Saturday, September 13, 2014

Brushy Mountain's Question of the Month: September

This has been one of the best honey flows in the past couple of years. Everyone who we have spoken with has been able to extracted at least one super of honey. In the North Carolina region, many beekeepers have commented that they were able to harvest a sourwood crop. Believe it or not, too much honey can be a problem. What is the best way to store it? What works best when labeling and marketing honey?

What are you going to do with all the excess honey now that you have finished extracting and bottling? Of course you will want to keep some for yourself but how should you sell the rest? The presentation of your honey can generate a demand to help you avoid a surplus. Whether you sell your honey or give it as a gift, presentation is important.
  • The Right Jar. There are many varieties of jars and everyone will target a specific audience. ClassicMuth and Hexagonal are elegant glass jars that will increase the value of the honey. The Plastic Classic and Flat Panel Bears are more commonly known and tend to be more cost efficient. Consider that the jar is not only for containing your honey but also for display. Ensure it is clean and clearly shows your honey. An embossed design will help your jars stand out from competitors. Check out our newEmbossed Hourglass Jars for a unique design.

  • The Right Size and Top. Not everyone wants to buy 2lbs. of honey that they have not had before. The 2 oz Mini Bear is a good size sampler that sells great and if they like it enough, they will be back for more! Offer more sizes (1lb, 12oz, 8oz…) so your customers can choose how much they want. Would you prefer a flip top style lid or ahi-flow spout cap when dispensing your honey? Would your customers enjoy the same as you? This may be a test year so that you can better understand what your customers would like next year.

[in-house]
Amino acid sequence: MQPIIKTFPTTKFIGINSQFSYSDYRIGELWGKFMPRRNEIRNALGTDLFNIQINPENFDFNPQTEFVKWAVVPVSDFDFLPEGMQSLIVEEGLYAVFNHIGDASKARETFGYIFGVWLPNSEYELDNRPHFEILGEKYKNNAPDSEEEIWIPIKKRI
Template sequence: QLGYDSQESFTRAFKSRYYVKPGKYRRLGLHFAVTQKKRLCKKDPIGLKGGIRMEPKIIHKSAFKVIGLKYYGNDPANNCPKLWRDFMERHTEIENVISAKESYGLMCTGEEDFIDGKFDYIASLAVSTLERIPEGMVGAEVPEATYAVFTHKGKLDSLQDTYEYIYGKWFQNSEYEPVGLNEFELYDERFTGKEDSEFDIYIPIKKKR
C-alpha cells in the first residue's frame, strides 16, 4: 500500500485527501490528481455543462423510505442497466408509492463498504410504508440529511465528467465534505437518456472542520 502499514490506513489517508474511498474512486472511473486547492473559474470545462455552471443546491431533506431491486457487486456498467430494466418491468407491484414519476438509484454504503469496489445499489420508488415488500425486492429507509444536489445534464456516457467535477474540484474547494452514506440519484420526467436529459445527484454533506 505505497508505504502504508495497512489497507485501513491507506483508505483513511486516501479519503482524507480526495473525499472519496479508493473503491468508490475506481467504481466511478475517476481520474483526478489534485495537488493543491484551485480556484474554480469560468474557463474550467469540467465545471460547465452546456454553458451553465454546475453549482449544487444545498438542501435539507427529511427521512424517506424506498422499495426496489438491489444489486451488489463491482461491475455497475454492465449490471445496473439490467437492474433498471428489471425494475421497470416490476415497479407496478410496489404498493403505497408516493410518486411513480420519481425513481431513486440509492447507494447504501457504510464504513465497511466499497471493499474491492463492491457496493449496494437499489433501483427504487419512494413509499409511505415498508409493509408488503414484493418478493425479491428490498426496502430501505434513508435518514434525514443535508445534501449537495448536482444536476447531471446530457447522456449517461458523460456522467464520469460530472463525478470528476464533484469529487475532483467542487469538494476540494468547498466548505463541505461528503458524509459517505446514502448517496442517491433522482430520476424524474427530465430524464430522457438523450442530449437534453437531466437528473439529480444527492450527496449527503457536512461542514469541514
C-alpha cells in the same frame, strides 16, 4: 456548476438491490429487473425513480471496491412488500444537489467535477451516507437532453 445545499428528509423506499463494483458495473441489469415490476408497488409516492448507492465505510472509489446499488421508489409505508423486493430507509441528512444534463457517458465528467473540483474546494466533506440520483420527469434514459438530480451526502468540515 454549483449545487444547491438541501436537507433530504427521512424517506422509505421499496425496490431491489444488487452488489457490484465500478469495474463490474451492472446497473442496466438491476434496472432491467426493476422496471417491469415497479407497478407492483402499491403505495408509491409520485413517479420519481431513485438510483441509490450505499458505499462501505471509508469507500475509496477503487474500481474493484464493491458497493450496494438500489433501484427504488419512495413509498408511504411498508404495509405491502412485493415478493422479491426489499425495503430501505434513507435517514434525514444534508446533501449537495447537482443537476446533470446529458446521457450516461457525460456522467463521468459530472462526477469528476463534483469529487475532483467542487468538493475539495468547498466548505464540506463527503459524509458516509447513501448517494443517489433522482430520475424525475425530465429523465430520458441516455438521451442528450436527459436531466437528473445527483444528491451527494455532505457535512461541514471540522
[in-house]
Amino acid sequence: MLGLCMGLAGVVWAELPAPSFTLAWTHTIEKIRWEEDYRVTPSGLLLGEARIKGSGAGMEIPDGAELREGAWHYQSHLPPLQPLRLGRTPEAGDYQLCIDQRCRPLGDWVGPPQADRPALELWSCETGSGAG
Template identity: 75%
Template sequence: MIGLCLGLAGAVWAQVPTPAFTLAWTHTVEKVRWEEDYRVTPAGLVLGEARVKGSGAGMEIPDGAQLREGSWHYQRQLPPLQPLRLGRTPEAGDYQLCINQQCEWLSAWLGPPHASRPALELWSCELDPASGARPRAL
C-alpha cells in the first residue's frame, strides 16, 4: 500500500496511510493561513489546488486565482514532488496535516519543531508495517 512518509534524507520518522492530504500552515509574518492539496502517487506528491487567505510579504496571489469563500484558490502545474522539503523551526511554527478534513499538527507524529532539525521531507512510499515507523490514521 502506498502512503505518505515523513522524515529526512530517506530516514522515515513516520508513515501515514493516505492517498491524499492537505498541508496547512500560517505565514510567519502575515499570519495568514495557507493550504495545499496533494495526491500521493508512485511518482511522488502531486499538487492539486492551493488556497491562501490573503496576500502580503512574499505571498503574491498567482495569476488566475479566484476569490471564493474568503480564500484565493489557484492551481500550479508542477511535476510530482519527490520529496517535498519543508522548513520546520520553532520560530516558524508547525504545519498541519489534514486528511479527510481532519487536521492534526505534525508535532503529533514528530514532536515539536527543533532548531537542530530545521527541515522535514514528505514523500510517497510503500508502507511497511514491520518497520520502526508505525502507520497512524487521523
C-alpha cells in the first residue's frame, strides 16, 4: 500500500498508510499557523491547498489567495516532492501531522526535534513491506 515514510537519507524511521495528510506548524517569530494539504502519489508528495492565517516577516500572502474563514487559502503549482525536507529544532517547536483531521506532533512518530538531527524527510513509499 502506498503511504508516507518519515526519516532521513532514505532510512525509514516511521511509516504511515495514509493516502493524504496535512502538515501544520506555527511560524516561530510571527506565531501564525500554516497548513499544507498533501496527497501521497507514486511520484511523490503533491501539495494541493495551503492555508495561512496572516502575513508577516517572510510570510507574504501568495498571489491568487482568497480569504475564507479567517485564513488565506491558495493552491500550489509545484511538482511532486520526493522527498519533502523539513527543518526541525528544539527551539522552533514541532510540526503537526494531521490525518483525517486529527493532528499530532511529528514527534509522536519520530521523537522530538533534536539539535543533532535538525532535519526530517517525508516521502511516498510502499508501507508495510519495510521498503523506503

• Label It. When you’re not there to talk about your honey, your label will be speaking for you. A label makes your jar look professional! Let your customers know it is pure and natural honey from your hives. Give them the contact information in case they want more next year. Use the correct size label for your jar. A panel bear label does not visually fit on to a 2 lb. jar. Add the tamper proof seal so your customers will be confident in the honey’s integrity.

    Most states have labeling requirements when selling honey. They require certain information pertaining to your honey. Honey is sold by weight not volume, such as fluid ounces.

  • Other Products. Don’t stop with just your honey. You will do better is you have a variety of products. Throw in those bars of soap you made with your soap making kit, light thecandle you made from the wax in your hive, open up the mead you made with your honey. Sell the fruits and vegetables your bees helped pollinate. Offer them more than honey and provide the story behind it!
What should you do if you did not sell all your honey? Will it go bad before next year? Storing honey is easy. Store it at room temperature, out of direct sunlight, and in a tightly sealed container. Wipe off any drips or leaks that will attract insects before storing the honey. Do not fret if you return later to find your honey is cloudy. Honey is not a perishable item but it will crystallize. Read Back to the Basics to better understand crystallization.

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